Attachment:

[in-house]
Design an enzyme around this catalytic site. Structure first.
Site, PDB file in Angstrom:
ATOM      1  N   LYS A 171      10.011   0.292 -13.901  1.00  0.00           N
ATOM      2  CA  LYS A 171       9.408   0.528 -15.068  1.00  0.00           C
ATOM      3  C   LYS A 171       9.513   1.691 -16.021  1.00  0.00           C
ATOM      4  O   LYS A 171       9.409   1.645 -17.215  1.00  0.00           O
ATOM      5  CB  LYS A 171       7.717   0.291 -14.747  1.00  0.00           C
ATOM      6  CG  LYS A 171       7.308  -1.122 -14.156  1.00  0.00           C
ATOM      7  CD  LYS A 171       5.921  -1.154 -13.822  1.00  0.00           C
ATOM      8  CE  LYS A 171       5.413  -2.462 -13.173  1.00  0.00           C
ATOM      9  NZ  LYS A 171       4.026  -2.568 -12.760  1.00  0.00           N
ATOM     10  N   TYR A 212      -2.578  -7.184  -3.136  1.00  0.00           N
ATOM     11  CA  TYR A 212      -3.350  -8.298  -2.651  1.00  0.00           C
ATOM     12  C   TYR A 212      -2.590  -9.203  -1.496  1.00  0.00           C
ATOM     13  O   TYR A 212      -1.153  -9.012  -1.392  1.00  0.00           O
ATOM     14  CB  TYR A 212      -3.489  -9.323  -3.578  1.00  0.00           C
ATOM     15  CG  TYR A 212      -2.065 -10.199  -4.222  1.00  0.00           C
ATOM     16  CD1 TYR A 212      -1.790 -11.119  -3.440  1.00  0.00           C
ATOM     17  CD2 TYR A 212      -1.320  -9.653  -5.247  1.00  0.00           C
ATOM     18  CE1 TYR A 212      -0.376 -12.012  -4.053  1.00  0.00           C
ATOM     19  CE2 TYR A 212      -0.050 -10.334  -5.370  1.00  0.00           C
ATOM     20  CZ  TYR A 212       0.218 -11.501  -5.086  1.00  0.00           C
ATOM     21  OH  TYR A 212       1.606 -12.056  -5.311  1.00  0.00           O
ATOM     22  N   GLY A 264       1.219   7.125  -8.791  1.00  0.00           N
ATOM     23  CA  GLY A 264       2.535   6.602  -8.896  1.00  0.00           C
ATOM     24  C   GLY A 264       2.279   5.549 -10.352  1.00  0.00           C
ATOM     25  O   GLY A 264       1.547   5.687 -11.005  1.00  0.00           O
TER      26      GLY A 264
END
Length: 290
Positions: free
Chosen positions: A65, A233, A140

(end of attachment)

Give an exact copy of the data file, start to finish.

[in-house]
Design an enzyme around this catalytic site. Structure first.
Site, PDB file in Angstrom:
ATOM      1  N   LYS A 171      10.011   0.292 -13.901  1.00  0.00           N
ATOM      2  CA  LYS A 171       9.408   0.528 -15.068  1.00  0.00           C
ATOM      3  C   LYS A 171       9.513   1.691 -16.021  1.00  0.00           C
ATOM      4  O   LYS A 171       9.409   1.645 -17.215  1.00  0.00           O
ATOM      5  CB  LYS A 171       7.717   0.291 -14.747  1.00  0.00           C
ATOM      6  CG  LYS A 171       7.308  -1.122 -14.156  1.00  0.00           C
ATOM      7  CD  LYS A 171       5.921  -1.154 -13.822  1.00  0.00           C
ATOM      8  CE  LYS A 171       5.413  -2.462 -13.173  1.00  0.00           C
ATOM      9  NZ  LYS A 171       4.026  -2.568 -12.760  1.00  0.00           N
ATOM     10  N   TYR A 212      -2.578  -7.184  -3.136  1.00  0.00           N
ATOM     11  CA  TYR A 212      -3.350  -8.298  -2.651  1.00  0.00           C
ATOM     12  C   TYR A 212      -2.590  -9.203  -1.496  1.00  0.00           C
ATOM     13  O   TYR A 212      -1.153  -9.012  -1.392  1.00  0.00           O
ATOM     14  CB  TYR A 212      -3.489  -9.323  -3.578  1.00  0.00           C
ATOM     15  CG  TYR A 212      -2.065 -10.199  -4.222  1.00  0.00           C
ATOM     16  CD1 TYR A 212      -1.790 -11.119  -3.440  1.00  0.00           C
ATOM     17  CD2 TYR A 212      -1.320  -9.653  -5.247  1.00  0.00           C
ATOM     18  CE1 TYR A 212      -0.376 -12.012  -4.053  1.00  0.00           C
ATOM     19  CE2 TYR A 212      -0.050 -10.334  -5.370  1.00  0.00           C
ATOM     20  CZ  TYR A 212       0.218 -11.501  -5.086  1.00  0.00           C
ATOM     21  OH  TYR A 212       1.606 -12.056  -5.311  1.00  0.00           O
ATOM     22  N   GLY A 264       1.219   7.125  -8.791  1.00  0.00           N
ATOM     23  CA  GLY A 264       2.535   6.602  -8.896  1.00  0.00           C
ATOM     24  C   GLY A 264       2.279   5.549 -10.352  1.00  0.00           C
ATOM     25  O   GLY A 264       1.547   5.687 -11.005  1.00  0.00           O
TER      26      GLY A 264
END
Length: 290
Positions: free
Chosen positions: A65, A233, A140